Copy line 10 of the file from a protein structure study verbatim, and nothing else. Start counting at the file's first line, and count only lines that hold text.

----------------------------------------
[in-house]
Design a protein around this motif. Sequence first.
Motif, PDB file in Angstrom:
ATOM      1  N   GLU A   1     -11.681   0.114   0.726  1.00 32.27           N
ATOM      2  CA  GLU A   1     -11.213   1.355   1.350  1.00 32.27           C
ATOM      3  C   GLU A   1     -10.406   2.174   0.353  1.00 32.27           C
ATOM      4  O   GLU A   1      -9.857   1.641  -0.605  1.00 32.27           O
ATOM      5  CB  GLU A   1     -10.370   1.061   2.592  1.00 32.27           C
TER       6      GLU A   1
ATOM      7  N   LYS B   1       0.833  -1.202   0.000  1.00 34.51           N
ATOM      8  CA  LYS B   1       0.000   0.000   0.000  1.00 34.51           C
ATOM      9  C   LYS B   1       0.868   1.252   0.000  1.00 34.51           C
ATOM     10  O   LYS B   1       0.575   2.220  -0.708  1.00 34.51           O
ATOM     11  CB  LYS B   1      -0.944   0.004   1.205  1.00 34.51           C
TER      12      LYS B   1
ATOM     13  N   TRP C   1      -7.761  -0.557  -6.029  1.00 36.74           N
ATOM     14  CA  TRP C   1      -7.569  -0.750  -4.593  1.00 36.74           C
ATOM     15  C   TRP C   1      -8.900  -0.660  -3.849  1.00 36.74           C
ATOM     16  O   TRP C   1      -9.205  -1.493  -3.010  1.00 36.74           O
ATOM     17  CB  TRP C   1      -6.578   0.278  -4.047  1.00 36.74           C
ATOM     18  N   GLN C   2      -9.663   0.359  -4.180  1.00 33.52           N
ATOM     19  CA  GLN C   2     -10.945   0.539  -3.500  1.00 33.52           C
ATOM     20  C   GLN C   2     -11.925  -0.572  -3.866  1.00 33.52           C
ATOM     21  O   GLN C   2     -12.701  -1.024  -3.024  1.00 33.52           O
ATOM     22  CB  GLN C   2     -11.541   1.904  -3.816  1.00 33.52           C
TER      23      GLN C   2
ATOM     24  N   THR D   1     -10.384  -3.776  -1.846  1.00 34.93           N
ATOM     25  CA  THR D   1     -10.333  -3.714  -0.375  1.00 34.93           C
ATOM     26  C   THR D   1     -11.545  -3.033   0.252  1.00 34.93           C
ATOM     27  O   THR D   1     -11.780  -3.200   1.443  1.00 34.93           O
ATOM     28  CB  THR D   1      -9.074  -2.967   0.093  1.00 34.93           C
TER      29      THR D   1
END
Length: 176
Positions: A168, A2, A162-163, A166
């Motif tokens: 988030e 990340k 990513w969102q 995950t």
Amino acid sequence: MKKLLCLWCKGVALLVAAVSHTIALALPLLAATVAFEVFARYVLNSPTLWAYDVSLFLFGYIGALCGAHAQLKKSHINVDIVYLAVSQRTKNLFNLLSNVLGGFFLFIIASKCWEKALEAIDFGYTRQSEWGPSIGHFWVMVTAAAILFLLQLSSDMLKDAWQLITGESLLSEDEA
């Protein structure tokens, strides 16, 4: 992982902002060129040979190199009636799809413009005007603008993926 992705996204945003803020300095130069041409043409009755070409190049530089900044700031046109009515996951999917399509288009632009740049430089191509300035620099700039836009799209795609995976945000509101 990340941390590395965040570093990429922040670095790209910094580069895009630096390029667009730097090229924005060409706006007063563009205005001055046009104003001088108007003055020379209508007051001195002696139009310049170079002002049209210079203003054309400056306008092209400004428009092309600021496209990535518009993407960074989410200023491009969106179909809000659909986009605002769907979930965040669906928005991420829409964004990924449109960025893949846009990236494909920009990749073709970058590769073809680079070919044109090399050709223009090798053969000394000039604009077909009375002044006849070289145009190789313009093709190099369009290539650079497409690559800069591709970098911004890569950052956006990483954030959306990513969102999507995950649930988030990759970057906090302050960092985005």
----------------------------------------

ATOM      7  N   LYS B   1       0.833  -1.202   0.000  1.00 34.51           N